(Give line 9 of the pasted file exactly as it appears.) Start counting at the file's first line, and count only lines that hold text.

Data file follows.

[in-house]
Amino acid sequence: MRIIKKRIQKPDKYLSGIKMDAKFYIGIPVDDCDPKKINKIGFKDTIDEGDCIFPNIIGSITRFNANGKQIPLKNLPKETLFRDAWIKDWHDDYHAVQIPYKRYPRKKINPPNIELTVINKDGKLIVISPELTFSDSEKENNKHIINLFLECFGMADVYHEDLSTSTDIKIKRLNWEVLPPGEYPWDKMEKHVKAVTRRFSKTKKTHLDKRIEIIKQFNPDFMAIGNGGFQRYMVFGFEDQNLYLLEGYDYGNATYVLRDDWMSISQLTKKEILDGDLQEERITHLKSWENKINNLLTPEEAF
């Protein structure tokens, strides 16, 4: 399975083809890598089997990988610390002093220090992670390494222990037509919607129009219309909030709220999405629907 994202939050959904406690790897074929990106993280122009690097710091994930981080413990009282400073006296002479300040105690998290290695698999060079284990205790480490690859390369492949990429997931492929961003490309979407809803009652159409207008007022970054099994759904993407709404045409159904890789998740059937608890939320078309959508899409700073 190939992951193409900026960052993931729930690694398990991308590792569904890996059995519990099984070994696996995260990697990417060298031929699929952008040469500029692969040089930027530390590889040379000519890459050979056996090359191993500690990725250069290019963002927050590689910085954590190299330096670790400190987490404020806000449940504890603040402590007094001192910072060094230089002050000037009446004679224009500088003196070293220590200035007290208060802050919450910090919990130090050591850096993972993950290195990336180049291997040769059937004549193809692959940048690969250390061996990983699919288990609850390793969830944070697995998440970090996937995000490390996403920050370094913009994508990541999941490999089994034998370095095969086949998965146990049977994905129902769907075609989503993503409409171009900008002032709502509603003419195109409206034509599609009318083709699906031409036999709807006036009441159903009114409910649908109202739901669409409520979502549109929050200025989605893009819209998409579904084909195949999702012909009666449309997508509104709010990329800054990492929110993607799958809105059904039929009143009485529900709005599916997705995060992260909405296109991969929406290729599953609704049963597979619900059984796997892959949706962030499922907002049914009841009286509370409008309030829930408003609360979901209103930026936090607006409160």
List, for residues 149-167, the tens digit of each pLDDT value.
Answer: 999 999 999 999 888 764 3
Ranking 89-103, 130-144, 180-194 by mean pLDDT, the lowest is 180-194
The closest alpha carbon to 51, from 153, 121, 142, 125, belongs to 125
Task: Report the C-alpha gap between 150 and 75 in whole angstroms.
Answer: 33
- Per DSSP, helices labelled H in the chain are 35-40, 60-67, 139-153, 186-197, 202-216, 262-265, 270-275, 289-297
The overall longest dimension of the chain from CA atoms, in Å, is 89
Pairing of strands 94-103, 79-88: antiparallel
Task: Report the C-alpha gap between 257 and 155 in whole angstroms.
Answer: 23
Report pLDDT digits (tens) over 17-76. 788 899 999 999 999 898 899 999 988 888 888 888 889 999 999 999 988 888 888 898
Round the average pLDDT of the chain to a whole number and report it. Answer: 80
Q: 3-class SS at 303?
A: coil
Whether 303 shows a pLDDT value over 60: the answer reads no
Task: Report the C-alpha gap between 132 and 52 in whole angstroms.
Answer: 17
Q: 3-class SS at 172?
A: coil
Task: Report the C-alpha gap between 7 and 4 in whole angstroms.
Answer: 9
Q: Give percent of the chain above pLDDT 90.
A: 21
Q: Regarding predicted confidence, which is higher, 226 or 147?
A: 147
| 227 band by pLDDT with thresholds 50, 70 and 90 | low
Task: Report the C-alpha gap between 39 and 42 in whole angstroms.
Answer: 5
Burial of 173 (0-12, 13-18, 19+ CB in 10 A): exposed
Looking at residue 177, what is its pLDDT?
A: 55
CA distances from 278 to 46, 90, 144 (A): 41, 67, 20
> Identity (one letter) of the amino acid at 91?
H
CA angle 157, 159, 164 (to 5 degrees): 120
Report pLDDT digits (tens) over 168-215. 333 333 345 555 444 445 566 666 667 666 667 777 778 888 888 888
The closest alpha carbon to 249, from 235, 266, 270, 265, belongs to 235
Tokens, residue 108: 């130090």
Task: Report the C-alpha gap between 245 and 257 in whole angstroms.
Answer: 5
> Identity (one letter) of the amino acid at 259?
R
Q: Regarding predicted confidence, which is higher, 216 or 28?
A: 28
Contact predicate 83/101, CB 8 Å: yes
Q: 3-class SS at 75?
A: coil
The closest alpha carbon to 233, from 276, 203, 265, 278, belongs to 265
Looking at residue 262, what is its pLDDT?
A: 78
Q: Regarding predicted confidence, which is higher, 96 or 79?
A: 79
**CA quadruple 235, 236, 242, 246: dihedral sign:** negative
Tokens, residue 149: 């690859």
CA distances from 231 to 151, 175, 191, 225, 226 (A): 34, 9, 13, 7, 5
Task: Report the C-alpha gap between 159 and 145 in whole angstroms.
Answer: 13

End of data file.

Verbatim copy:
Answer: 33